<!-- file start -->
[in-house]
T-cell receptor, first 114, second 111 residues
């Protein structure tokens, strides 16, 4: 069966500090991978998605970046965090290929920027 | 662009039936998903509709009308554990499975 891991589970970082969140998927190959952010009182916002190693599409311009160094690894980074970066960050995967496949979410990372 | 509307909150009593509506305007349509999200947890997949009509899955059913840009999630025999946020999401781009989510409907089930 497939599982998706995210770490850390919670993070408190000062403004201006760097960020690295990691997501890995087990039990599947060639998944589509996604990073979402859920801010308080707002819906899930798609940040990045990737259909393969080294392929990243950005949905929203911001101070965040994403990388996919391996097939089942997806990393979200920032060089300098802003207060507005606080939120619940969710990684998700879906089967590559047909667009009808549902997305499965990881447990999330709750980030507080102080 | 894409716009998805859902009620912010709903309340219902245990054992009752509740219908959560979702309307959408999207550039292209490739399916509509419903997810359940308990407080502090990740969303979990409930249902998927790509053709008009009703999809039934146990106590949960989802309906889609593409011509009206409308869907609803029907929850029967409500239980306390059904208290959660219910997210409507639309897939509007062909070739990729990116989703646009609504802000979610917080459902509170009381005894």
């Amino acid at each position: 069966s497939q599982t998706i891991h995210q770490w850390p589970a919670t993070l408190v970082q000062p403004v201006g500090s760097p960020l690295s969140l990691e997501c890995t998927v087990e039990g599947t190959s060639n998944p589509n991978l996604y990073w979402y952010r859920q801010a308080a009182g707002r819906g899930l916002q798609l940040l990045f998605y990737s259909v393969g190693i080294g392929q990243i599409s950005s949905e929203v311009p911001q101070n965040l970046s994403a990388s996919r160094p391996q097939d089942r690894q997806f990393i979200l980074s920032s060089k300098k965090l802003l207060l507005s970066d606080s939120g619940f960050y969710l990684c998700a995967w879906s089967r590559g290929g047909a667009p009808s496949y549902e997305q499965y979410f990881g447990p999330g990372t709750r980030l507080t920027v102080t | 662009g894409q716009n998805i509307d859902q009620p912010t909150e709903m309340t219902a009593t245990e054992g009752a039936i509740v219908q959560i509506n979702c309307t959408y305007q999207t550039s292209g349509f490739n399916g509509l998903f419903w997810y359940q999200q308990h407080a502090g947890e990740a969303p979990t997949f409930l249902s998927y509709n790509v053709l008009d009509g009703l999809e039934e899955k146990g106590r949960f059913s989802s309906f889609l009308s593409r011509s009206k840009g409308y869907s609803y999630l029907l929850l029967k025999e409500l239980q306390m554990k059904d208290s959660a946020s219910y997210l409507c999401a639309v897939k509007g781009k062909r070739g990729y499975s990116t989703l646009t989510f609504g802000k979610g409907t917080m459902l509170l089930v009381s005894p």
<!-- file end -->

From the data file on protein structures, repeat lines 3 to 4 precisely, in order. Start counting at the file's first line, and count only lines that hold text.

């Protein structure tokens, strides 16, 4: 069966500090991978998605970046965090290929920027 | 662009039936998903509709009308554990499975 891991589970970082969140998927190959952010009182916002190693599409311009160094690894980074970066960050995967496949979410990372 | 509307909150009593509506305007349509999200947890997949009509899955059913840009999630025999946020999401781009989510409907089930 497939599982998706995210770490850390919670993070408190000062403004201006760097960020690295990691997501890995087990039990599947060639998944589509996604990073979402859920801010308080707002819906899930798609940040990045990737259909393969080294392929990243950005949905929203911001101070965040994403990388996919391996097939089942997806990393979200920032060089300098802003207060507005606080939120619940969710990684998700879906089967590559047909667009009808549902997305499965990881447990999330709750980030507080102080 | 894409716009998805859902009620912010709903309340219902245990054992009752509740219908959560979702309307959408999207550039292209490739399916509509419903997810359940308990407080502090990740969303979990409930249902998927790509053709008009009703999809039934146990106590949960989802309906889609593409011509009206409308869907609803029907929850029967409500239980306390059904208290959660219910997210409507639309897939509007062909070739990729990116989703646009609504802000979610917080459902509170009381005894």
């Amino acid at each position: 069966s497939q599982t998706i891991h995210q770490w850390p589970a919670t993070l408190v970082q000062p403004v201006g500090s760097p960020l690295s969140l990691e997501c890995t998927v087990e039990g599947t190959s060639n998944p589509n991978l996604y990073w979402y952010r859920q801010a308080a009182g707002r819906g899930l916002q798609l940040l990045f998605y990737s259909v393969g190693i080294g392929q990243i599409s950005s949905e929203v311009p911001q101070n965040l970046s994403a990388s996919r160094p391996q097939d089942r690894q997806f990393i979200l980074s920032s060089k300098k965090l802003l207060l507005s970066d606080s939120g619940f960050y969710l990684c998700a995967w879906s089967r590559g290929g047909a667009p009808s496949y549902e997305q499965y979410f990881g447990p999330g990372t709750r980030l507080t920027v102080t | 662009g894409q716009n998805i509307d859902q009620p912010t909150e709903m309340t219902a009593t245990e054992g009752a039936i509740v219908q959560i509506n979702c309307t959408y305007q999207t550039s292209g349509f490739n399916g509509l998903f419903w997810y359940q999200q308990h407080a502090g947890e990740a969303p979990t997949f409930l249902s998927y509709n790509v053709l008009d009509g009703l999809e039934e899955k146990g106590r949960f059913s989802s309906f889609l009308s593409r011509s009206k840009g409308y869907s609803y999630l029907l929850l029967k025999e409500l239980q306390m554990k059904d208290s959660a946020s219910y997210l409507c999401a639309v897939k509007g781009k062909r070739g990729y499975s990116t989703l646009t989510f609504g802000k979610g409907t917080m459902l509170l089930v009381s005894p």